A screenshot of a digital workflow with various commands for file handling and automation, notably involving text files and shortcuts, in a mobile operating system interface.
Accessing the quintessential text file, and creating it if it doesn’t already exist.

Each time the shortcut runs, it first checks to see if the necessary text file exists. If it does, great, it’ll move on. If not, it creates and saves a text file to the correct location with a singular line of text 0 | ➕ Add new meme. You’re getting a peek at the sorting system. That item has a use count of 0 and will be the only choice in the menu until we, well, add some new memes.

After saving the foundational text file, the shortcut runs itself again so it can actually do something useful. Just don’t forget to add a Stop This Shortcut action when you do these restarts, lest you get into a weird never-ending loop.

Creating and sorting the list

Since we have a structure that each line of data added to that text file follows, we can separate each bit and use them in different ways. First by splitting each line, and then by sorting it highest-to-lowest since each line starts with its use count. The Filter Files action is key here, even though they’re not really files that we’re sorting.

A screenshot of a digital workflow with various blocks is shown, lacking context or surrounding environment descriptions.
Breaking apart the data, sorting it, and presenting it in a new order — all from a text file.

Okay, now that we have all the lines in order, we want to isolate the meme’s name since all use counts and Markdown just make the list hard to read. With each of those lines, we split them further by the pipe character | which separates each bit of the meme’s data. The second one, after the use count, is the Meme’s title. We can set the name to a new variable meme-name and add it to a new list meme-list. They’re already in the right order, so now a simple Choose from List action deployed on that meme-list variable gives us a menu to choose from.


Copying the meme and increasing its use count

The important bit, choosing a meme to copy, is already done, but all the behind-the-scenes stuff still has to take place. Namely, copying it to the clipboard and increasing its use count.

Since we want the ➕ Add new meme’ item to remain in a predictable spot, namely the bottom of the list, we need to check if that was the item chosen, and if so, exclude it from increasing its use count above 0. An If action takes care of that.

We return to the Filter Files action to filter those original individual lines of data down to only the one containing the name of the chosen meme. We split it up again using another Split Text action and assign variables to each of the three parts.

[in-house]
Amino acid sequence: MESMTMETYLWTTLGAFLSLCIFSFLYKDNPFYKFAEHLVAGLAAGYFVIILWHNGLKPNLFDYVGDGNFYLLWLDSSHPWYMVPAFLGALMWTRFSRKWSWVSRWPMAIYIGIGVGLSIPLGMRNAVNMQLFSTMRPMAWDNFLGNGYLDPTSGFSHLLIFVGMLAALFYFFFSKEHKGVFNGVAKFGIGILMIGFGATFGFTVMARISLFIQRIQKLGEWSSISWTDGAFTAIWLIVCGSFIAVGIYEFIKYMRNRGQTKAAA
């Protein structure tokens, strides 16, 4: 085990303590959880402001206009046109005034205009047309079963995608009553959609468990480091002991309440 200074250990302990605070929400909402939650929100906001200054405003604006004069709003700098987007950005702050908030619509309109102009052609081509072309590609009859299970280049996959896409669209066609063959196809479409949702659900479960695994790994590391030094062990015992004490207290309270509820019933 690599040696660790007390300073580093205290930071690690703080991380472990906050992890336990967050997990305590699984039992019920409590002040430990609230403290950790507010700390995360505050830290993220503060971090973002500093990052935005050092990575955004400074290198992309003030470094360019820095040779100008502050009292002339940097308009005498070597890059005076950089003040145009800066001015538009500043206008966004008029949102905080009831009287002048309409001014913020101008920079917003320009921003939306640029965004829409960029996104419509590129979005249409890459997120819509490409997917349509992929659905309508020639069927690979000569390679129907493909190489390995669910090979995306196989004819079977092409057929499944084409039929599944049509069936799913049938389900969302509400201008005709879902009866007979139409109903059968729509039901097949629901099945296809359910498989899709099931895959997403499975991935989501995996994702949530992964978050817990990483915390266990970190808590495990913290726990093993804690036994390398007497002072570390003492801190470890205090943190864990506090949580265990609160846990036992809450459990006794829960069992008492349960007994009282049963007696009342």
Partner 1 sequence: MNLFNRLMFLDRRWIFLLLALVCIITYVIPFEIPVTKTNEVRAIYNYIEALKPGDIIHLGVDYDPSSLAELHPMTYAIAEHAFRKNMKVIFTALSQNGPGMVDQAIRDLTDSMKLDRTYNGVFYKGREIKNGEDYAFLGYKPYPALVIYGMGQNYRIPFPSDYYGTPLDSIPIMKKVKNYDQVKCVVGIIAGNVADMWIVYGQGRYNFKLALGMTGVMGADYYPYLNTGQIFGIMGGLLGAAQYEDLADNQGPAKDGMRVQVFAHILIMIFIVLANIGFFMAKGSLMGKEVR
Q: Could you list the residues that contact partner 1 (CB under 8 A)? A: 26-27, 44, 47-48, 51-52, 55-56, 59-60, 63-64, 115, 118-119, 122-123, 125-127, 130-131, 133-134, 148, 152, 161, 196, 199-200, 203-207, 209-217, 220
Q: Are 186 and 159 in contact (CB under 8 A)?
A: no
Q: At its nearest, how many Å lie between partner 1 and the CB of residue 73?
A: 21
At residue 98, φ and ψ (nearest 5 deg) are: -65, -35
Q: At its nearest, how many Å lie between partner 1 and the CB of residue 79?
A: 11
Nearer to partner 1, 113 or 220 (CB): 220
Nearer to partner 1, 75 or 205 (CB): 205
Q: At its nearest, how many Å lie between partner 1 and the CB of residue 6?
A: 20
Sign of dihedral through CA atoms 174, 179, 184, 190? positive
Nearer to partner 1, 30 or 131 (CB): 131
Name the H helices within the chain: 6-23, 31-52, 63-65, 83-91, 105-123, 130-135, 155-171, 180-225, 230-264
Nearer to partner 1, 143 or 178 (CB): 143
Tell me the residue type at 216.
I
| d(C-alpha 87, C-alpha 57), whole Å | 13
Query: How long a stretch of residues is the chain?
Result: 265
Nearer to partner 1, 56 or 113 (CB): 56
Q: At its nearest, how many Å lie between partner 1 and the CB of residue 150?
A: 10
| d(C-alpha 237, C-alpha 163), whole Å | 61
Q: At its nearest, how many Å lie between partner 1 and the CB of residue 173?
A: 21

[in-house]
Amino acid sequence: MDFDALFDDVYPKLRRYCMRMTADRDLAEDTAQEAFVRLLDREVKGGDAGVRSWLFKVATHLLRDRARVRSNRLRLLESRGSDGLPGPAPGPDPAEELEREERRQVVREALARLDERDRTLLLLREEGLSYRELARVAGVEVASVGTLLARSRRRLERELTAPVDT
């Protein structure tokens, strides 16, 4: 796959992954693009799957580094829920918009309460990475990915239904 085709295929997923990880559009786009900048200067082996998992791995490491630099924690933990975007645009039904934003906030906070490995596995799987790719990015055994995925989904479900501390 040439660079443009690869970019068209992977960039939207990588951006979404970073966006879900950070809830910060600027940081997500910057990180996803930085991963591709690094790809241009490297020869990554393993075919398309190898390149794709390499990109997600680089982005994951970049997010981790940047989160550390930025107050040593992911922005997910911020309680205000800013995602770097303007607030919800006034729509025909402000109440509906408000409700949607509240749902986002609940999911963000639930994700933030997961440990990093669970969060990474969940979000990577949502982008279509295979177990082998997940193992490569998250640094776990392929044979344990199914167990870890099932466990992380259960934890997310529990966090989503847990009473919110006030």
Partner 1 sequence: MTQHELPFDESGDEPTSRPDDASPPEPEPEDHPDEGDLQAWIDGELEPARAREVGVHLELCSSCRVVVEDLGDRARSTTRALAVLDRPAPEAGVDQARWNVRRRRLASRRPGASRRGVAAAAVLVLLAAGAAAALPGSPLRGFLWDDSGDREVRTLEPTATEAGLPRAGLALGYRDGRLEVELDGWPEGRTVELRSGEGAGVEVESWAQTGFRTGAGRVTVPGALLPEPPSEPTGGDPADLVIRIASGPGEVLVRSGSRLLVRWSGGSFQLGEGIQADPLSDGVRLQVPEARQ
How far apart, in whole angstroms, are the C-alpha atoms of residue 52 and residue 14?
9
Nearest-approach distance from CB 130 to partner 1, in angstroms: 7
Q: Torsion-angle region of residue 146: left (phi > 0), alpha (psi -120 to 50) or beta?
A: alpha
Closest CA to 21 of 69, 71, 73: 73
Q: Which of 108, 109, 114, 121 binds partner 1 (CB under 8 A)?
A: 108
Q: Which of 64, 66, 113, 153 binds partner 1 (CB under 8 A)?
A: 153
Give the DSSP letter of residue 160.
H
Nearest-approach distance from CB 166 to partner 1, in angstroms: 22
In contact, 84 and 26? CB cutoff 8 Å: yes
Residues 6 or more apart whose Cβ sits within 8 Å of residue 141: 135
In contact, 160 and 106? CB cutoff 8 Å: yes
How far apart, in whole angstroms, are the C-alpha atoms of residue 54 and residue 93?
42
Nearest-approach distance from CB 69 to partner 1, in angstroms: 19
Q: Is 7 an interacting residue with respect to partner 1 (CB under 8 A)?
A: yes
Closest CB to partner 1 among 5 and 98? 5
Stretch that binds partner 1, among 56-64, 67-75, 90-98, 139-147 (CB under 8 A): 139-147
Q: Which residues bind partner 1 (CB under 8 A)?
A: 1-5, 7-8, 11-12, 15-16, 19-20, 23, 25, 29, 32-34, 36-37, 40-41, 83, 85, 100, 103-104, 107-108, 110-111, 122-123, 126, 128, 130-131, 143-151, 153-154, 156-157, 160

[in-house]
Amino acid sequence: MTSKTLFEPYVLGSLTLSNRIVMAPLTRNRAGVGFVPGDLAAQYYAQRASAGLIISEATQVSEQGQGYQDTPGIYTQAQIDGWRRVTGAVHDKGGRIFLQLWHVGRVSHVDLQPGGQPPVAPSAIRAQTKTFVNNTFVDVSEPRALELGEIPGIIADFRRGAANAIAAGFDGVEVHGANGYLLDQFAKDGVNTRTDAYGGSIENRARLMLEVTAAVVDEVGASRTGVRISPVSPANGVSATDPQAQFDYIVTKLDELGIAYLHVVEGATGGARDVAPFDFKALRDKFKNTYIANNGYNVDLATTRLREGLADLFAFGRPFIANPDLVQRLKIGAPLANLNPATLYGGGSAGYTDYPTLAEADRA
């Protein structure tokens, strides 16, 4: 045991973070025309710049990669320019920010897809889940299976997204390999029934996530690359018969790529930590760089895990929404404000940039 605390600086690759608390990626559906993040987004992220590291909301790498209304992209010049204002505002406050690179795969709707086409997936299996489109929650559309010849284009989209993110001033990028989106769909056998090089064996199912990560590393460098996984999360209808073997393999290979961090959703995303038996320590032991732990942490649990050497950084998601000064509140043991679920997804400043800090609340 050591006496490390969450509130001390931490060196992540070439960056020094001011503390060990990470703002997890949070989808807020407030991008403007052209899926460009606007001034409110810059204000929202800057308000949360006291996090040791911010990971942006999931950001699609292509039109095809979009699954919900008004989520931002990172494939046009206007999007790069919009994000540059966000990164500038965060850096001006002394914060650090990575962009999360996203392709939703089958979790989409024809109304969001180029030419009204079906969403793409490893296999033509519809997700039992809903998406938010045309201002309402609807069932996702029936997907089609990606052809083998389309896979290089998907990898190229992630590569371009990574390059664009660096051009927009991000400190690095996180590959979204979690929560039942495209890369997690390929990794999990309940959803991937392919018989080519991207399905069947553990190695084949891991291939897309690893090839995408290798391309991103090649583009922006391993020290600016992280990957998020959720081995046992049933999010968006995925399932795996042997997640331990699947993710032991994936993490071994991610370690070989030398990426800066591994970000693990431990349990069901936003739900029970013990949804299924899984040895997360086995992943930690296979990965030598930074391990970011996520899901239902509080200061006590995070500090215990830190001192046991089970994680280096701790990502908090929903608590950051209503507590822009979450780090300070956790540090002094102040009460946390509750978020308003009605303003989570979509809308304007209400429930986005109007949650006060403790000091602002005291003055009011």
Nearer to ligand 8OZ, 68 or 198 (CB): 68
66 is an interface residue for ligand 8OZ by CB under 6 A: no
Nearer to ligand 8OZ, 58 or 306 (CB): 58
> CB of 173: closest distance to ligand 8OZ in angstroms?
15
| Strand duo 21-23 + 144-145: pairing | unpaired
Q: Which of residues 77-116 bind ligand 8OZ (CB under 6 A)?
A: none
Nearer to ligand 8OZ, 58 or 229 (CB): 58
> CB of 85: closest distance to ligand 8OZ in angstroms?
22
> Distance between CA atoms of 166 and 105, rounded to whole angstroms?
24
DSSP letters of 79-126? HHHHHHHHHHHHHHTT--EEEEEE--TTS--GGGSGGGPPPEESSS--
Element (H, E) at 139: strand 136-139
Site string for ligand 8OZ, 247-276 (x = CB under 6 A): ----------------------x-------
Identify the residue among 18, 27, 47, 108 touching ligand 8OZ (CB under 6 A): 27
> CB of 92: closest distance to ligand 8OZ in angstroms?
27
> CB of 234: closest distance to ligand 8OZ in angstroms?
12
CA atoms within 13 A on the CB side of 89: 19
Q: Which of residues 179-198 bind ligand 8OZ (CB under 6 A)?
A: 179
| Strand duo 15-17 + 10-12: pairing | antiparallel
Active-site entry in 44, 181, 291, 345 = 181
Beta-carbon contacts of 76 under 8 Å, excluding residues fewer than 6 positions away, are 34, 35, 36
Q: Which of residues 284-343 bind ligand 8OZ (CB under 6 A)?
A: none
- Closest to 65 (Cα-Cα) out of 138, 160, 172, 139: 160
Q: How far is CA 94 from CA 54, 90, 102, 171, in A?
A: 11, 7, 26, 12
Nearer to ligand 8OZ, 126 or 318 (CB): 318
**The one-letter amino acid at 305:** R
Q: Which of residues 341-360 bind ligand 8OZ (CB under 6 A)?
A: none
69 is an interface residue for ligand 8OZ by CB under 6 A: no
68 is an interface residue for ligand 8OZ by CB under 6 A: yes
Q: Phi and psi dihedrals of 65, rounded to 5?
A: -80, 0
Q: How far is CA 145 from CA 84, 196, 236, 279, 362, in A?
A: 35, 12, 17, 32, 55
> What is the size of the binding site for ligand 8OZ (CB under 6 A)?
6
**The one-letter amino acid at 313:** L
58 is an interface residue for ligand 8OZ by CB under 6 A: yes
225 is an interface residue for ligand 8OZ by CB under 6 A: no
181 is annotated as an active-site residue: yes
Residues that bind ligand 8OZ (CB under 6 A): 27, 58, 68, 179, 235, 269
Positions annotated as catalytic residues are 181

A screenshot shows a flowchart of programming logic blocks labeled with actions such as “Comment,” “Filter,” and “Set variable,” indicating steps in a software automation process.
Getting the data from the chosen meme, and categorizing it for later use.

We can finally copy the Markdown to the clipboard, and then use a Calculate action to add 1 to the chosen-use-count variable. The meme’s line of data is rewritten with the new use count, and that line is swapped in the original text with a Replace Text action. We immediately save the new text file over the old in iCloud Drive. Woohoo!

A user interface displays buttons and comments for managing image and text files within a software application.
Some crafty N + 1 math and swapping out the text file.

Adding a new meme

The other half of the If action we used earlier to check if ➕ Add new meme’ was chosen comes back into play. In the Otherwise’ section of that action, we start the process of uploading a new image with another If action.

This time, we check if anything was passed into the shortcut as input — an image perhaps! — because if it was, we can just upload it straight away with the Simple MB Image Uploader’ shortcut.

A screenshot of a digital workflow or script with comments and action blocks, focusing on image uploading and Markdown text generation, within a software interface.
Sending new memes to the cloud with an external shortcut.

I should note here that while I built in my shortcuts for uploading images to, you don’t have to be on to get use out of this shortcut. You can swap in any shortcut here that uploads an image and returns an image URL or, better yet, Markdown. Maybe you use a different hosting platform, ImageKit, Amazon S3, or even Dropbox to house your photos. Awesome! Swap in your shortcut to upload the image here. And give me a shout if you need a hand getting it right.